David Walk

God’s Firstborn

Our ancestors were suffering. The golden ghetto of Goshen, so lovingly set up by Yosef and Yehuda, has become a concentration camp. Into this severe state of affairs comes the first rays of light. God has told Moshe that he will be the vehicle for the redemption. Just before he sets into motion the Exodus, God informs him of a remarkable reality, ‘Yisrael is My child, My firstborn (Shmot 4:22).’ Besides the emotional lift this declaration makes, what exactly is God telling Moshe? Let’s explore three approaches to this radical idea. 

Let’s begin with a Midrash referred to by Rashi:

MISHCHU MAGEN (literally ‘let the shields be greased’ so that enemy swords would slip off, but allegorically ‘his MASHIACH is protected’, Yeshayahu 21:5), Rav Kapra taught that the BECHORA went to Ya’akov, when they (Ya’akov and Esav) were playing, God acceded to the content of their game, the BECHORA went to Ya’akov. How do we know? ‘Thus said the Lord: B’NI BECHORI YISRAEL!’ The verse states, ‘and he got up and he left, and Esav rejected (YIVEZ, perhaps ‘denigrated’) the BECHORA’ (Breishit 25:34, Breishit Raba 63:14). 

So, our verse confirms the transaction between Ya’akov and Esav those many years ago. Clearly, that’s not what Moshe was announcing to Pharaoh, but the Midrash wants us to know that the deal was ratified by God. The possession of the Divine birthright of Avraham Avinu was indeed on the table during those fraught negotiations. Our Patriarch became God’s BECHOR, and passed it on to us. 

There’s another fascinating approach presented by the Ohr Hachayim. This profound commentary is intrigued by the timing of this announcement to Moshe. He asks: Why is the prophecy that the Jewish firstborn would not be killed, recorded out of context? In other words, why does God inform Moshe, and maybe Pharaoh (but we don’t know when or even if Moshe told Pharaoh, I assume Moshe told him before the tenth plague, end of chapter 10), at this point in the story before any negotiations that the Jews are God’s BECHOR and, therefore, free from the tenth plague? 

The Ohr Hachayim answers:

It appears that God in His wisdom provided Moses with some information which would temper his disappointment at the long process of the broken promises by Pharaoh. There was a danger that when Moses observed that Pharaoh remained obstinate despite the plagues God inflicted upon him, he would become fed up with his mission. God therefore informed him of something that would not happen until the end of the process. As long as the plague of killing the firstborn Egyptians had not occurred, Moses had no reason to believe that God’s timetable had been upset. 

This, of course, opens up the entire question: Why were there 10 plagues? God knew that Pharaoh wouldn’t relent until plague ten. Why not cut to the chase, and get on with the business of the Exodus? Instead, we have months, probably six, of plagues. Great question, and I will deal with it in next week’s article. For now, we must be content with the answer of the Ohr Hachayim, the announcement at this point was for the benefit of Moshe and his psychological well-being. 

Finally, and I believe most importantly, answer number three. So, what is the significance of this announcement? To inform Moshe, the B’nei Yisrael in Egypt and us of a reality of ultimate importance: We represent God in the world. Once Moshe is informed that we are God’s BECHOR, he knows that we have a cosmic duty that relates to the other children of God, all humanity.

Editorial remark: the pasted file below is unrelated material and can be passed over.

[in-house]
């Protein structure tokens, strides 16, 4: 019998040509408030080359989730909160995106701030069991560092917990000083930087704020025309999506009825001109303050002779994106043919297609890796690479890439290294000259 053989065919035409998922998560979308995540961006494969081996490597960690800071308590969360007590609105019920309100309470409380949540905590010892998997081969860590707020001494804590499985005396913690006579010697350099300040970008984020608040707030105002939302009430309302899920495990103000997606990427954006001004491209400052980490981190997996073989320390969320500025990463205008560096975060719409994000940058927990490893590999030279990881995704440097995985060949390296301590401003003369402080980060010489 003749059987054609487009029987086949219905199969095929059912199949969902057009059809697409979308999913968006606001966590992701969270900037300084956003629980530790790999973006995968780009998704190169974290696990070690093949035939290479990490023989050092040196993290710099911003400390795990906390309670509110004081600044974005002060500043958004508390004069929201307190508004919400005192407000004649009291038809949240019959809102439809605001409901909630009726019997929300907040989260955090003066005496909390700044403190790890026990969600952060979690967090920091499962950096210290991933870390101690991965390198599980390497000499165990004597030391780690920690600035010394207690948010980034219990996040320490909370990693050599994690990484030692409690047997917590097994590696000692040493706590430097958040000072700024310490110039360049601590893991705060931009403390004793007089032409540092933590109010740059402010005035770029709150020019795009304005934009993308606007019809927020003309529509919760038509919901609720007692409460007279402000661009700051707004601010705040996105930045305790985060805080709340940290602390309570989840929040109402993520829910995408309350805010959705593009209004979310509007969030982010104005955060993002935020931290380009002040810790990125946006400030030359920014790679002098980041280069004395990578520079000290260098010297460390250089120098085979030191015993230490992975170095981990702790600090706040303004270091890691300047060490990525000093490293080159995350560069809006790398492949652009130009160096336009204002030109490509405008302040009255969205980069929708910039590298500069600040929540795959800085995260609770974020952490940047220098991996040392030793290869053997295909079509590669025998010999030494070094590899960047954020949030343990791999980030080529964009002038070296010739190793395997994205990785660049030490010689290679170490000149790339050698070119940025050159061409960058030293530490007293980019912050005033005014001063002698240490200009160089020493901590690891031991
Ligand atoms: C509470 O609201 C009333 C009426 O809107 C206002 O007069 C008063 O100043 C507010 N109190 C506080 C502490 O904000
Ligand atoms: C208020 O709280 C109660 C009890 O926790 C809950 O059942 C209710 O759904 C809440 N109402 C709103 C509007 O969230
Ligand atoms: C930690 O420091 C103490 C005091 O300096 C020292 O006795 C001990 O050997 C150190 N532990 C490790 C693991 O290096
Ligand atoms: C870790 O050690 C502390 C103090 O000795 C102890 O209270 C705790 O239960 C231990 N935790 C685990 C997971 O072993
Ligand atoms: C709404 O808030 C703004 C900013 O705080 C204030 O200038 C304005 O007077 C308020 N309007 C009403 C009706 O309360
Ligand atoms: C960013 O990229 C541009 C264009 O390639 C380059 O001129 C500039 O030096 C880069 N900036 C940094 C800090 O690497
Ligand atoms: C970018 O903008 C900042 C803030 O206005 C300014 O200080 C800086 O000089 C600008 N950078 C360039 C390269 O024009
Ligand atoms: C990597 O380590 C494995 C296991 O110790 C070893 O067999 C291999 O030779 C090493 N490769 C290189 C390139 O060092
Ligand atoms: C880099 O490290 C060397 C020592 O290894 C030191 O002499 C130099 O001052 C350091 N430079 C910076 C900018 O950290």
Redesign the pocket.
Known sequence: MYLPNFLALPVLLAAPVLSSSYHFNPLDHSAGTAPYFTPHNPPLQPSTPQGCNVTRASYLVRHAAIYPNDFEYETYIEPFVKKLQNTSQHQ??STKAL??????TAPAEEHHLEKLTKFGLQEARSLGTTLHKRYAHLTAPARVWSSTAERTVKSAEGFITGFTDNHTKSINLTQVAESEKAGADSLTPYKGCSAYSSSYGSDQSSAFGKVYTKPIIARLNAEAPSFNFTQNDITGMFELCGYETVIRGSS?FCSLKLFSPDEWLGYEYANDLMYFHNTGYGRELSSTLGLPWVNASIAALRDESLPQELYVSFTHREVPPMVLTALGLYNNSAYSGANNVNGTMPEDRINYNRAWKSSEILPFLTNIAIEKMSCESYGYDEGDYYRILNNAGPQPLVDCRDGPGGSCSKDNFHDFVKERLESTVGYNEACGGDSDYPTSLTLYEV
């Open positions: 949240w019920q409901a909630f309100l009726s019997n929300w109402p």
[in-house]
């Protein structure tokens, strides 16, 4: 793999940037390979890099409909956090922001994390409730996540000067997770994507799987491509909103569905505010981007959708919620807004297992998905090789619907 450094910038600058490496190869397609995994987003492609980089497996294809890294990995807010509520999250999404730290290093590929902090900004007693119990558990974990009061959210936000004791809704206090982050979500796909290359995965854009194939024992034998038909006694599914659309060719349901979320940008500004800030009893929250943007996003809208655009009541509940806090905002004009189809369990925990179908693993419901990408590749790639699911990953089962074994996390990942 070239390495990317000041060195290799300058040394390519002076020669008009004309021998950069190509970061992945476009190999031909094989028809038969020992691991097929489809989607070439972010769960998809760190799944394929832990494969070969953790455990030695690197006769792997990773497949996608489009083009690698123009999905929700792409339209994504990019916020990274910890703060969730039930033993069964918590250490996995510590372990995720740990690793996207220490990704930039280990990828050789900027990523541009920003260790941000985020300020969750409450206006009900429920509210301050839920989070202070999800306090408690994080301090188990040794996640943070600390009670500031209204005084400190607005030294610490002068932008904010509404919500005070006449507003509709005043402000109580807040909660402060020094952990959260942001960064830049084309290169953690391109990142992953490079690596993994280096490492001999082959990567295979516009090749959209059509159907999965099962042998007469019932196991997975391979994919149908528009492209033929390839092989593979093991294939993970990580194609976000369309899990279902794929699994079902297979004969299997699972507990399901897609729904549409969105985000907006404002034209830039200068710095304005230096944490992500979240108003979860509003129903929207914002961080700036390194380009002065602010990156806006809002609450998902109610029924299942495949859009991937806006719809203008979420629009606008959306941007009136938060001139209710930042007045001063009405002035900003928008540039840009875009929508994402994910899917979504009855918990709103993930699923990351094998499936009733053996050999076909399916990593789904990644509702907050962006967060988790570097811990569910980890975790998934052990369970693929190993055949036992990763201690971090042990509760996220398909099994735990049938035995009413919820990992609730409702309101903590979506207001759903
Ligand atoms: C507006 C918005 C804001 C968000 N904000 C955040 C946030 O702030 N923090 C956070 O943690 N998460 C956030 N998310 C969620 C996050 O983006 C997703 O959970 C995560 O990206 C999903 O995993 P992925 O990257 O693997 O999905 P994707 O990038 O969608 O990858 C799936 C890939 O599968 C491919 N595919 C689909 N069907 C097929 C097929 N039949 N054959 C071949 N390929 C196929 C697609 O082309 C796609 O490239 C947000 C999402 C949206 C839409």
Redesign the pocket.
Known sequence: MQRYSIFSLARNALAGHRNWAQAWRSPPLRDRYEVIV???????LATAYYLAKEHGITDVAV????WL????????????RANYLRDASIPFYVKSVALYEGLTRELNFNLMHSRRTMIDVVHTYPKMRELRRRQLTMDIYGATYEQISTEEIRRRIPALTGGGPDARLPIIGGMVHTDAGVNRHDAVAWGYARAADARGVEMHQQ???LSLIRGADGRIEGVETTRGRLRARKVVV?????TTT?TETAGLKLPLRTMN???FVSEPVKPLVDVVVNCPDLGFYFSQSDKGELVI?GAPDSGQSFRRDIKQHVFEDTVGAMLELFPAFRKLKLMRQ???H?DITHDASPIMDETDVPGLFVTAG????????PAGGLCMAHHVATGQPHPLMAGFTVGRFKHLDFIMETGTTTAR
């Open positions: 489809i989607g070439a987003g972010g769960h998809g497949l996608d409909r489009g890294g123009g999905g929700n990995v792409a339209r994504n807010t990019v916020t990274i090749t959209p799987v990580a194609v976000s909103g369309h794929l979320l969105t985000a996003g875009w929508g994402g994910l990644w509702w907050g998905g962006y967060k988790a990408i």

It would be easy to think that this news would mean gifts and double portions. It’s a great privilege to be the BECHOR. Easy, but wrong! With great power, comes great responsibility! Thank you. Spiderman.  

We, clearly, have a job to do. The Kedushat Levi expresses it this way: What this really means is that the Jewish people are the conduit through which God channels His largesse to the world. That’s cool, but puts added pressure on the requests we make when daven. 

I especially like the way Reb Aharon Lichtenstein explained it:

While this BECHORA is accompanied by certain privileges, it is primarily a matter of commitment and responsibility. The term AM SEGULA a chosen (I would have said ‘treasured’ or ‘precious’) nation, comes together with AM KADOSH a holy nation (Shmot 19:5-6), indicating that the special status of the Jewish people is contingent on proper behavior.  

And as Rav Sacks OB”M said it:

The people of whom God said, ‘My child, My firstborn, Israel’ knows itself to be royalty. That may be a privilege. It may be a burden. It is almost certainly both… We can live it. We can abandon it. But it is a choice we cannot avoid, and it has immense consequences. The future of the covenant rests with us. 

In light of the position of the Kedushat Levi, I would add ‘and the fate of the world’. Many firstborns, my sister included, often announce loudly and irritatingly, ‘But it’s not fair!’ And they’re right. It doesn’t appear to be fair that more is expected of the first born. However, fair and foul can’t usually be clearly understood, unless you’re playing baseball, and even then, it often takes slow-motion replay to get it right. 

 We Jews have been dealt this hand. I pray that we live up to the role. After all, it’s only the fate of the universe at stake. 

About the Author
Born in Malden, MA, 1950. Graduate of YU, taught for Rabbi Riskin in Riverdale, NY, and then for 18 years in Efrat with R. Riskin and R. Brovender at Yeshivat Hamivtar. Spent 16 years as Educational Director, Cong. Agudath Sholom, Stamford, CT. Now teach at OU Center and Yeshivat Orayta.
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